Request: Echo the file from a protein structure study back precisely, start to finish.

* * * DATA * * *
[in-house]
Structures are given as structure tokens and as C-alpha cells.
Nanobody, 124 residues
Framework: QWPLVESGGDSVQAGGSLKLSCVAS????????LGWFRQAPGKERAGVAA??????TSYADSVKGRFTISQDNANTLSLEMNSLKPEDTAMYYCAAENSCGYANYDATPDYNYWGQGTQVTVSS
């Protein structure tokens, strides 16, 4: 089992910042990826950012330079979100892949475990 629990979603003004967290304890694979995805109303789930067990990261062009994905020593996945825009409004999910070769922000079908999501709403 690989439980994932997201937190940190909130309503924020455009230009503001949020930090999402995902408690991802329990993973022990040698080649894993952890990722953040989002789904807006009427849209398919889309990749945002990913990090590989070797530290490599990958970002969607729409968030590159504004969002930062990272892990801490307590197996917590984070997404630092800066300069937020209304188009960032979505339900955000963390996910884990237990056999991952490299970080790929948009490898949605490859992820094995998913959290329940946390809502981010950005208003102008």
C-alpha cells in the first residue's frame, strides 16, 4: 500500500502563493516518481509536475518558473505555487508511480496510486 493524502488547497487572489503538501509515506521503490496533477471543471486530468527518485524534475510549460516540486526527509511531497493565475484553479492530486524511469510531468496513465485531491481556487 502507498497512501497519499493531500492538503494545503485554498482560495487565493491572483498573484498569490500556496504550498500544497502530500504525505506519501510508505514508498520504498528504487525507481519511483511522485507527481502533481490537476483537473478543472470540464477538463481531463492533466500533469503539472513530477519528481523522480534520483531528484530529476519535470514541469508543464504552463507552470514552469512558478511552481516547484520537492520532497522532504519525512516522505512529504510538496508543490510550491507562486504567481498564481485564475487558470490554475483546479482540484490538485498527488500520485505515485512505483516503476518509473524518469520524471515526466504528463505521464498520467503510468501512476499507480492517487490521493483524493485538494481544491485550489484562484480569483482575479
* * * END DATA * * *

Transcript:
[in-house]
Structures are given as structure tokens and as C-alpha cells.
Nanobody, 124 residues
Framework: QWPLVESGGDSVQAGGSLKLSCVAS????????LGWFRQAPGKERAGVAA??????TSYADSVKGRFTISQDNANTLSLEMNSLKPEDTAMYYCAAENSCGYANYDATPDYNYWGQGTQVTVSS
């Protein structure tokens, strides 16, 4: 089992910042990826950012330079979100892949475990 629990979603003004967290304890694979995805109303789930067990990261062009994905020593996945825009409004999910070769922000079908999501709403 690989439980994932997201937190940190909130309503924020455009230009503001949020930090999402995902408690991802329990993973022990040698080649894993952890990722953040989002789904807006009427849209398919889309990749945002990913990090590989070797530290490599990958970002969607729409968030590159504004969002930062990272892990801490307590197996917590984070997404630092800066300069937020209304188009960032979505339900955000963390996910884990237990056999991952490299970080790929948009490898949605490859992820094995998913959290329940946390809502981010950005208003102008």
C-alpha cells in the first residue's frame, strides 16, 4: 500500500502563493516518481509536475518558473505555487508511480496510486 493524502488547497487572489503538501509515506521503490496533477471543471486530468527518485524534475510549460516540486526527509511531497493565475484553479492530486524511469510531468496513465485531491481556487 502507498497512501497519499493531500492538503494545503485554498482560495487565493491572483498573484498569490500556496504550498500544497502530500504525505506519501510508505514508498520504498528504487525507481519511483511522485507527481502533481490537476483537473478543472470540464477538463481531463492533466500533469503539472513530477519528481523522480534520483531528484530529476519535470514541469508543464504552463507552470514552469512558478511552481516547484520537492520532497522532504519525512516522505512529504510538496508543490510550491507562486504567481498564481485564475487558470490554475483546479482540484490538485498527488500520485505515485512505483516503476518509473524518469520524471515526466504528463505521464498520467503510468501512476499507480492517487490521493483524493485538494481544491485550489484562484480569483482575479